Israeli Firms Compelled to Report on Clients’ Cryto Activities by Law

The Israeli Ministry of Finance’ draft of the amended Money Laundering Prohibition Order with the proposed legislation now contains provisions related to cryptocurrencies. The new regulations now include virtual currencies into the regulatory system meant to prohibit money laundering in the financial service sectors.

In the explanatory notes accompanying the draft, the intention to expand the regulations to apply to companies providing virtual currency services in addition to mainstream financial services providers is clearly acknowledged. The note states: “The definition of a service in a financial asset that comes to replace and expand the term ‘currency services’ includes all the activities and services performed in financial assets through a business that does not involve granting credit. The intention is to enable the supervision of financial services, other than tangible assets or standard financial means, in an area that has been developing in recent years.”

Along with incorporating virtual currency services into the legislative system, the proposed regulations will also impose a number of new reporting requirements on Israeli financial institutions.

According to local media: “As of June 1, brokers, banks, money changers and cryptocurrency trade and commerce of platforms in Israel will be obligated to report any suspicious cryptocurrency activity by their clients […] The draft, which is open to public purview until June 13, specifies 37 money laundering red flags, among them large sums of over NIS 5,000 (approximately $1,400 USD) transferred to a digital wallet; any money transfers made using an anonymous IP address or an address that is incompatible with the geographic origin of the connection; cryptocurrency transfers to online gambling sites; and any activity in anonymous cryptocurrencies such as monero or zcash. The draft also states service providers must maintain full documentation of cryptocurrency activity, which includes all parties’ digital wallet addresses, IP addresses, and the type and amount of currency, for a period of no less than five years.”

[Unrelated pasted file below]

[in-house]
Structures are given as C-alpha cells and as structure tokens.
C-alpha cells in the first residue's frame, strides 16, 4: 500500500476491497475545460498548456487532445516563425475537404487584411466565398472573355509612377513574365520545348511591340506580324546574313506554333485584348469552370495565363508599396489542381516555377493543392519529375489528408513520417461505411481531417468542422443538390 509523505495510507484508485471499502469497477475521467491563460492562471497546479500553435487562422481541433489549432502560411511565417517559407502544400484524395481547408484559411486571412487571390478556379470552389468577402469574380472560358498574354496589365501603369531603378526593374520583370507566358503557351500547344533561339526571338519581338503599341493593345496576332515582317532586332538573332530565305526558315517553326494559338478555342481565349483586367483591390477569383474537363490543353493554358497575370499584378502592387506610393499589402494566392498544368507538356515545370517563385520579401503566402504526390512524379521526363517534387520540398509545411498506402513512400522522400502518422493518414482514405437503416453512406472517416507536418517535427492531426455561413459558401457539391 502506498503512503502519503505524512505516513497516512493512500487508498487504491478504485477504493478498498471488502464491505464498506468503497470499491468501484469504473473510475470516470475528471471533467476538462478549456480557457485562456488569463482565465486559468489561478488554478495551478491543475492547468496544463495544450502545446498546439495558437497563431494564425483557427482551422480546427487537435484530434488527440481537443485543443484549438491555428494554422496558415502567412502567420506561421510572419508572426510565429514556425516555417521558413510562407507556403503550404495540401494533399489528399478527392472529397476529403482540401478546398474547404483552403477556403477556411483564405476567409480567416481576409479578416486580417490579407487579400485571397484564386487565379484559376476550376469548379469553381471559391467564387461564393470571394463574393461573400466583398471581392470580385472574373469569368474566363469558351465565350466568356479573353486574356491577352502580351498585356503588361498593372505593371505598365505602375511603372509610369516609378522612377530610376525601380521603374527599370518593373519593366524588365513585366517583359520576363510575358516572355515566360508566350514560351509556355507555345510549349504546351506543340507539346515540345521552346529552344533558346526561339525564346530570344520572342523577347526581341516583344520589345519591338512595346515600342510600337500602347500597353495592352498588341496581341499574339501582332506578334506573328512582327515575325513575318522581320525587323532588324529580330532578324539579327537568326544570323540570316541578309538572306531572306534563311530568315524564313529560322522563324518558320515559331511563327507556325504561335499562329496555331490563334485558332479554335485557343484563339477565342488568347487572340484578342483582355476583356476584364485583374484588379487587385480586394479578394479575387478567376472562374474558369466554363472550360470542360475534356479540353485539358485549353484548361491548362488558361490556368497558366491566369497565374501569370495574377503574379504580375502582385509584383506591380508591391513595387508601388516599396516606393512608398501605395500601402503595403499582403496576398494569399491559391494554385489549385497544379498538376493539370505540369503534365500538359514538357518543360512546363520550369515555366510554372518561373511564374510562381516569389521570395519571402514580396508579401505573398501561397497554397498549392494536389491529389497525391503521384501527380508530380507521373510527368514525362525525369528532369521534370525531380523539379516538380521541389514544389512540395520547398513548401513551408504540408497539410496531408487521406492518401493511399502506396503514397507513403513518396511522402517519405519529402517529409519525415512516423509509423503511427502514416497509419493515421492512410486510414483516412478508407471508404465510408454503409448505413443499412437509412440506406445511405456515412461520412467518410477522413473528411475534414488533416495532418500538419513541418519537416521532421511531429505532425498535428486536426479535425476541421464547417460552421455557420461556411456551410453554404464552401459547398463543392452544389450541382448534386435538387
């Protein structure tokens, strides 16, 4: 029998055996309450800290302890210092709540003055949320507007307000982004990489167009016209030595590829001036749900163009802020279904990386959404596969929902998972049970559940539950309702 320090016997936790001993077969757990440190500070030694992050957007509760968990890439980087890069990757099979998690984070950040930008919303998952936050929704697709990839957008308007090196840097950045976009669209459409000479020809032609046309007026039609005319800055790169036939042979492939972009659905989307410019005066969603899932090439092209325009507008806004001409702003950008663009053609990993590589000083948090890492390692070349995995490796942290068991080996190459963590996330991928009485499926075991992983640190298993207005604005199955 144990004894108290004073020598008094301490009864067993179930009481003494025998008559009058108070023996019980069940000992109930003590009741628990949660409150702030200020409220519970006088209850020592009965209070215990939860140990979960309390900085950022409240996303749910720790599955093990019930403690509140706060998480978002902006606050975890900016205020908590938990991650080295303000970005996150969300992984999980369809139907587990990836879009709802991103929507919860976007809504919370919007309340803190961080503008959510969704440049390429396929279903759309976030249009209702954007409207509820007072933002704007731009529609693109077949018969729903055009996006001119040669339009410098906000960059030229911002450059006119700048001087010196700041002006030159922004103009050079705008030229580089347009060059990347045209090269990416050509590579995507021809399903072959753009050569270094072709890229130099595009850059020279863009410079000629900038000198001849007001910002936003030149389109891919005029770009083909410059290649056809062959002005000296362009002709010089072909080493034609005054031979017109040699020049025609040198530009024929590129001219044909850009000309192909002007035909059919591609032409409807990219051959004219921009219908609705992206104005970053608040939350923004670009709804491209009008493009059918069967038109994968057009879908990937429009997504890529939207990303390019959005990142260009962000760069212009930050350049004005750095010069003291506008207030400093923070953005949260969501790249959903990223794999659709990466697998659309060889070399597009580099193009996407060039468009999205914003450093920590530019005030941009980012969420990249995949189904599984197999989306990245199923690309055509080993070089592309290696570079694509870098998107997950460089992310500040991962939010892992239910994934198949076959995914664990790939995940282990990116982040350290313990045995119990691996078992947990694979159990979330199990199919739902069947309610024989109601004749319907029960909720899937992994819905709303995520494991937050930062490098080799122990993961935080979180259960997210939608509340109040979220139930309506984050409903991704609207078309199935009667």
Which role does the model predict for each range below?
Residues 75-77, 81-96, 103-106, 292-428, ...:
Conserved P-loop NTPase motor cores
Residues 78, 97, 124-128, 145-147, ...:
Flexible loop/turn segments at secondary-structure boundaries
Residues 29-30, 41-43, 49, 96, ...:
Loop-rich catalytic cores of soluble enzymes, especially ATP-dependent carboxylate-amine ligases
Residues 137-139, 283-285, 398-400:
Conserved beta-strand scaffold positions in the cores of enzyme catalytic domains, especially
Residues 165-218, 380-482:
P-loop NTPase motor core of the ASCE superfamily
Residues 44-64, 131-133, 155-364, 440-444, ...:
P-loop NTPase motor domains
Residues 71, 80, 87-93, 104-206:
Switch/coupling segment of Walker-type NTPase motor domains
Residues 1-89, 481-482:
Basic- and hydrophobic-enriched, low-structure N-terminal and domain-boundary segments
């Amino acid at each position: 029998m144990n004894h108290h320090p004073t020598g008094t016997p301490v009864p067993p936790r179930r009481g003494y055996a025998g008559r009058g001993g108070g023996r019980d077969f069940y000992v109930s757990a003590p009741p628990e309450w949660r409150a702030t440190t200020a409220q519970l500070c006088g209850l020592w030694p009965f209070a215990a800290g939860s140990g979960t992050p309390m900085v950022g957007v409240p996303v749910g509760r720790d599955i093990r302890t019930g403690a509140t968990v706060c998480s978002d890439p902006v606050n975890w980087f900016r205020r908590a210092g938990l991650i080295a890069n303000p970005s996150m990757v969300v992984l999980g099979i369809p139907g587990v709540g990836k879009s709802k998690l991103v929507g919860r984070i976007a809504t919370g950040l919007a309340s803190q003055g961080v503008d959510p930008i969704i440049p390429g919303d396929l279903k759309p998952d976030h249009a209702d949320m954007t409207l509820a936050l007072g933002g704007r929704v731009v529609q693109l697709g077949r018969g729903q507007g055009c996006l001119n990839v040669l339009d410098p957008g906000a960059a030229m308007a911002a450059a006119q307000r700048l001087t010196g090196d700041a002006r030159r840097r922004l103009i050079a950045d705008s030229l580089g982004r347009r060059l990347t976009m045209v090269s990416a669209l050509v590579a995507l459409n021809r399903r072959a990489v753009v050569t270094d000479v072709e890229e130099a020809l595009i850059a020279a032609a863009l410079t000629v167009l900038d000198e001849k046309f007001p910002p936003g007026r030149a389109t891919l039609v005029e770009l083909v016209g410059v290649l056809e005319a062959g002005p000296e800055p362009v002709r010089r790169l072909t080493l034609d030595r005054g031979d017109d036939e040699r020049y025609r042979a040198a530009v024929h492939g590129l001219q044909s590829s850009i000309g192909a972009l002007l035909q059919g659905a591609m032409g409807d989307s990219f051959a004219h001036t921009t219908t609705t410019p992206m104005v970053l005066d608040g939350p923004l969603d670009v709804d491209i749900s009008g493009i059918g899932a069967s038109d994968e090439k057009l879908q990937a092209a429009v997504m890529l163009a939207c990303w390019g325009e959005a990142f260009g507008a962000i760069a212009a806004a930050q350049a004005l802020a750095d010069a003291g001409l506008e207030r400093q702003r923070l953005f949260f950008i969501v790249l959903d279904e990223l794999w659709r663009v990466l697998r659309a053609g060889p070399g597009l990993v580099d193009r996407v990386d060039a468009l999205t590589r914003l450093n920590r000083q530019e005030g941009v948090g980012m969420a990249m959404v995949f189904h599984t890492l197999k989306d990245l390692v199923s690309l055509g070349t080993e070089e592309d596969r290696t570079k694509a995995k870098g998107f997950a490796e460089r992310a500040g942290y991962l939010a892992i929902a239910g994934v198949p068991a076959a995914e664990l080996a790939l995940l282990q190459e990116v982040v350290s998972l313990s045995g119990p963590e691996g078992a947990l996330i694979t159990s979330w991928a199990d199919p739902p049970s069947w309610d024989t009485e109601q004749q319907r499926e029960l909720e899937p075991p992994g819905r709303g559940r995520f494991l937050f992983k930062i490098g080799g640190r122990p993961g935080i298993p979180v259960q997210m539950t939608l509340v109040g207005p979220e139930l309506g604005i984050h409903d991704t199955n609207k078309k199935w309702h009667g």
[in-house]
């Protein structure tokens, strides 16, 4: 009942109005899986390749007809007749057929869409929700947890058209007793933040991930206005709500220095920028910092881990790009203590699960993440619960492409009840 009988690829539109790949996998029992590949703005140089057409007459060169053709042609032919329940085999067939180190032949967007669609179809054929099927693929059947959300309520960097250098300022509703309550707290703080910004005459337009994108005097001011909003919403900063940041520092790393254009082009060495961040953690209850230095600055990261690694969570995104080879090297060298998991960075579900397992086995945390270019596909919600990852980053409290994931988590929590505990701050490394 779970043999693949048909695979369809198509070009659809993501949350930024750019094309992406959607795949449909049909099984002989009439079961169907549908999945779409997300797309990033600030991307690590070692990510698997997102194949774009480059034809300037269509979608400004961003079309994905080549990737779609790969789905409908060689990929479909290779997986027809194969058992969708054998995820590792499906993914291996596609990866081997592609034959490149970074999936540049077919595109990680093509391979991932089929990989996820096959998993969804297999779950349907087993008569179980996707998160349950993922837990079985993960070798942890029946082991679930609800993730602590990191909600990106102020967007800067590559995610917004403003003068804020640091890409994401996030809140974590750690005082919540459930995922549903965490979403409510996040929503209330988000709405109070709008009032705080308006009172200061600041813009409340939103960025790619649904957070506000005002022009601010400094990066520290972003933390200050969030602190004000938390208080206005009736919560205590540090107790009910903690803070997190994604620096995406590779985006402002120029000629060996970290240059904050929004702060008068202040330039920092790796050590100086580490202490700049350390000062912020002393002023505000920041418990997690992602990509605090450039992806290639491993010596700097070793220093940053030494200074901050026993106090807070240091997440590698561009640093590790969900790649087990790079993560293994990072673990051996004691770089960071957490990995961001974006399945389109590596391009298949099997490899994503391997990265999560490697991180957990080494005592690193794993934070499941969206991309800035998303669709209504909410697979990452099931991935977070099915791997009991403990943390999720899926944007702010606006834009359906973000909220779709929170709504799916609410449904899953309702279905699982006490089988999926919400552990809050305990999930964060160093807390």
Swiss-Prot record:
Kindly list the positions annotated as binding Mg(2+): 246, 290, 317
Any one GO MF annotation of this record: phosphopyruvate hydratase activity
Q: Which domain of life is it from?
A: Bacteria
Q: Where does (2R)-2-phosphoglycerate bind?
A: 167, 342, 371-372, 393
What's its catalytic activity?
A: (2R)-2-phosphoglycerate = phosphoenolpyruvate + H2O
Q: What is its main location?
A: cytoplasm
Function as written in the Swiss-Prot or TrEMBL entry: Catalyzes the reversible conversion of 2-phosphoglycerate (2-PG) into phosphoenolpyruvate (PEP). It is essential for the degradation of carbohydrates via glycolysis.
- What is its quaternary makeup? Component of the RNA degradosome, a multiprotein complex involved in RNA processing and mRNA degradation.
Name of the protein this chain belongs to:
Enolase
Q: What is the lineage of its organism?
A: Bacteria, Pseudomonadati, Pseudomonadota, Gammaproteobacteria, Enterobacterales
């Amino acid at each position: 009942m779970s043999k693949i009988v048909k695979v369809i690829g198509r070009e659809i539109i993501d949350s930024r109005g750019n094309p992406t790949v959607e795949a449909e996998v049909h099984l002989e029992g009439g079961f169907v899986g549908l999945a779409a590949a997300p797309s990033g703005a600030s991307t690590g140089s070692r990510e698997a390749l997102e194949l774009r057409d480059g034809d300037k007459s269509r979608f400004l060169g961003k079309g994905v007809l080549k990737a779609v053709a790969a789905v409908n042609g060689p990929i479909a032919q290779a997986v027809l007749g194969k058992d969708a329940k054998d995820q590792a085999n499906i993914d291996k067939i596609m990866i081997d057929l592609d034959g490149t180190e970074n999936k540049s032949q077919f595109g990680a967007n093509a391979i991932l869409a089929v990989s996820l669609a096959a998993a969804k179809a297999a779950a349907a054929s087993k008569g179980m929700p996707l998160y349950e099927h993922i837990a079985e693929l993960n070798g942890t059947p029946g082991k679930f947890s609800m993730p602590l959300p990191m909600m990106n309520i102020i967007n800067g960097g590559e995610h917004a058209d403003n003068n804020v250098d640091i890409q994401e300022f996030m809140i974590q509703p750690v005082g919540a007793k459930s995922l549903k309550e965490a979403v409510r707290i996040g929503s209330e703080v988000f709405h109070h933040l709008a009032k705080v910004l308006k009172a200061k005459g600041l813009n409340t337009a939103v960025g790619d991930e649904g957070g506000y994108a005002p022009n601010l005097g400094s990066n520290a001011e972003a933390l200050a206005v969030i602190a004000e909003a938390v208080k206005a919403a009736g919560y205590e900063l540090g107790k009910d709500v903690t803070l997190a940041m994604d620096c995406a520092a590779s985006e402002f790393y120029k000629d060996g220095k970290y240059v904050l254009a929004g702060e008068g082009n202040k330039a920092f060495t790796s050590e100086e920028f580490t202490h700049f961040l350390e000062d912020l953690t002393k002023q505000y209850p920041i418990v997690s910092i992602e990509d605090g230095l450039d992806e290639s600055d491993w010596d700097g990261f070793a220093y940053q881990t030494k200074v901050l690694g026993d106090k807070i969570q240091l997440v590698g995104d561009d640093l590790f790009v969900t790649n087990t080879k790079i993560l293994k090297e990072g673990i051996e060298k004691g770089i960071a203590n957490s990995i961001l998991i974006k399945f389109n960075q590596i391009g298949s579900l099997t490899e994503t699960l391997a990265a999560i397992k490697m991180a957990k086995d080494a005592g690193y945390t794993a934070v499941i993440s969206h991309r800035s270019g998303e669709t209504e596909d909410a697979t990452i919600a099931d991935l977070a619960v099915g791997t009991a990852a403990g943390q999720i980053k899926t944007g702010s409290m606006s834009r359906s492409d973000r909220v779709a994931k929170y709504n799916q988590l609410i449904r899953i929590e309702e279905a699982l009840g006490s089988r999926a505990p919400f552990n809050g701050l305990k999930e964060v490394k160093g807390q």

Mr. Yishay Trif, CEO of the international payments provider, said that financial institutions have reacted positively to the new rules. He stated that: “In order to complete the legal framework for activity in virtual currencies, clear instructions are required regarding the prevention of money laundering and the financing of terrorism. The statement that the area is not regulated is repeated as part of the banks’ automatic refusal to provide services for those who trade in Crypto. Because of this, the steps taken are important and necessary. They provide regulatory certainty to banks and financial institutions and define clear rules on what is permitted and what is not.”


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